The reverberation from Israel’s victory in the Six-Day War is such that forty years after the event, new books continue to be written about it. Tom Segev has written a book that focuses primarily on the events and decisions preceding the war as well as those that came shortly after the war. The book is told almost completely from the Israeli perspective and interweaves the experiences of everyday Israeli citizens all the way up to cabinet-level discussions.
1967 is on par with many recent revisionist views of the Six-Day War in claiming that Israel did not face an existential threat in June, 1967, and that Israeli politicians welcomed war as a means to redress unresolved border disputes with its neighbors. Although Segev does not stint on presenting the facts leading up to the war, the reader may find himself surprised at the author’s conclusions. For example, given the fact that in the three week period preceding the war Egypt blockaded the Straits of Tiran in violation of the accord ending the 1956 War, the United Nations withdrew its forces separating the Egyptian and Israeli armies in the Sinai, Egyptian armored divisions crossed the Suez Canal and moved toward the Israeli border, Egypt and Jordan signed a mutual defense pact placing the Jordanian army under the command of an Egyptian general, and neither the U.N. nor any other country was willing to break the Egyptian blockade, it is difficult to understand how the author arrives at the conclusion that war was avoidable if only Israel had not acted “prematurely.”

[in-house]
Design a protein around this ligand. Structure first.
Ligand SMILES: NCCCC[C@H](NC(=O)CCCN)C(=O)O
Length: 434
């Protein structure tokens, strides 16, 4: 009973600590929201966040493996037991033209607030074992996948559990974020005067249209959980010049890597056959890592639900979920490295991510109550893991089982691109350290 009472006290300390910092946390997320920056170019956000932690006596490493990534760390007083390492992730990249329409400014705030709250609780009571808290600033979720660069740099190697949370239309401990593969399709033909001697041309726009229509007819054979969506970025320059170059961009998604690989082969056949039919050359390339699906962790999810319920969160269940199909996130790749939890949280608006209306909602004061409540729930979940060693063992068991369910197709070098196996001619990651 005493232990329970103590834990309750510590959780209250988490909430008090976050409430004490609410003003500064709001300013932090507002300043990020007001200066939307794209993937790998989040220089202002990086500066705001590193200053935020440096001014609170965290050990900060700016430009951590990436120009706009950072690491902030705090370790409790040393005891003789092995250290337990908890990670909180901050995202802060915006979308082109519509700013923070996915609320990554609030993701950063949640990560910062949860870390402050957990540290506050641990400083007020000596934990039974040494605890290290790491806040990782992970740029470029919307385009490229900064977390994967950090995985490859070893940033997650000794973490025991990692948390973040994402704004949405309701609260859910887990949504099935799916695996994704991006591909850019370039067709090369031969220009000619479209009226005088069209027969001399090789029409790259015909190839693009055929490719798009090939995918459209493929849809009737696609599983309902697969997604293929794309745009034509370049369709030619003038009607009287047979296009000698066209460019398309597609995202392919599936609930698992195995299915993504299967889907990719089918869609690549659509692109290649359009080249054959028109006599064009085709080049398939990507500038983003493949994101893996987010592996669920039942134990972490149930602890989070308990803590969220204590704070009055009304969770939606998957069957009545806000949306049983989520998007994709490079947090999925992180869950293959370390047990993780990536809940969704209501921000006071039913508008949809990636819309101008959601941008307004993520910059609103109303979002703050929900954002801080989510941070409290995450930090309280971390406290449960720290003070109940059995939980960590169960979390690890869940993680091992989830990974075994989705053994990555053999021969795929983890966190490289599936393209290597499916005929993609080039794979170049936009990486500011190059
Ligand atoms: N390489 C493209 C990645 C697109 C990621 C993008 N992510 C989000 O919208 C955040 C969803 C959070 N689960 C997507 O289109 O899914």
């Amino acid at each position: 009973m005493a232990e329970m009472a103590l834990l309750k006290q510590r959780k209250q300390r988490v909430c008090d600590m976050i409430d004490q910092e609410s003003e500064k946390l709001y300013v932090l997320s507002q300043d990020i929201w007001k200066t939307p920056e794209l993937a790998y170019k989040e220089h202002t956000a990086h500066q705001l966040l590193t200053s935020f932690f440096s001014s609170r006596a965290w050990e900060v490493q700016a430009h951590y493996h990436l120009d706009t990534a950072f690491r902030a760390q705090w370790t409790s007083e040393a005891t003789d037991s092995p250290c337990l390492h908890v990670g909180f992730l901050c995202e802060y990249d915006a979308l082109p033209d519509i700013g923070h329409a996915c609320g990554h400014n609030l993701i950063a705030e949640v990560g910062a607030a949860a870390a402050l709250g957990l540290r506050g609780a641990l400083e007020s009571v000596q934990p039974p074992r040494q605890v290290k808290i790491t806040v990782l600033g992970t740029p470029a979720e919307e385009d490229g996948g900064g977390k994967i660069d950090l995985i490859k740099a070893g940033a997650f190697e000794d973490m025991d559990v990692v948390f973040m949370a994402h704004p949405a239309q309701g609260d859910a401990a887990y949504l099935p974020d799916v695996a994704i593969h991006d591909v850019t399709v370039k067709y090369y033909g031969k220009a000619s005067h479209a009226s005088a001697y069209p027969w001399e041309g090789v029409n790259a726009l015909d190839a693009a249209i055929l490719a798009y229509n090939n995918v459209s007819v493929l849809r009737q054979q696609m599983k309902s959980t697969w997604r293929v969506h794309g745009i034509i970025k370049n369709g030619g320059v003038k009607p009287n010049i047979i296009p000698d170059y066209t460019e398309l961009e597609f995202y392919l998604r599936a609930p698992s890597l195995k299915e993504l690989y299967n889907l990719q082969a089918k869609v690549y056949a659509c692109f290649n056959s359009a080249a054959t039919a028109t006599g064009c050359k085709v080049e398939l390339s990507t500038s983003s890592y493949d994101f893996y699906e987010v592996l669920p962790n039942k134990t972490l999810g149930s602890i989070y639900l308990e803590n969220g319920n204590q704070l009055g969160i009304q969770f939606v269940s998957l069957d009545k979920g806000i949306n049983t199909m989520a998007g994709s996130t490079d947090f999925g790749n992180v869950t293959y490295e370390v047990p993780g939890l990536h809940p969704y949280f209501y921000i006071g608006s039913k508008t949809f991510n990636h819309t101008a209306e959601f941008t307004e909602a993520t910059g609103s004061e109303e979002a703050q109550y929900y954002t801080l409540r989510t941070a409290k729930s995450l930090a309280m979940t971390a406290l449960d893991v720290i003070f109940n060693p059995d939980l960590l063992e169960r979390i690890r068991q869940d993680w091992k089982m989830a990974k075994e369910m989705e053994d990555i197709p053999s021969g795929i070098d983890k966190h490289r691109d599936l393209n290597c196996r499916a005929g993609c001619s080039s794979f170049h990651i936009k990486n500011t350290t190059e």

The book’s strength is that it presents Israel as it was in 1967 from a variety of perspectives including political, social, economic, historical, and personal. In addition, the author does not shy away from presenting evidence which contradicts his thesis. Whether Tom Segev understood that much of this evidence undercut his conclusions remains unclear.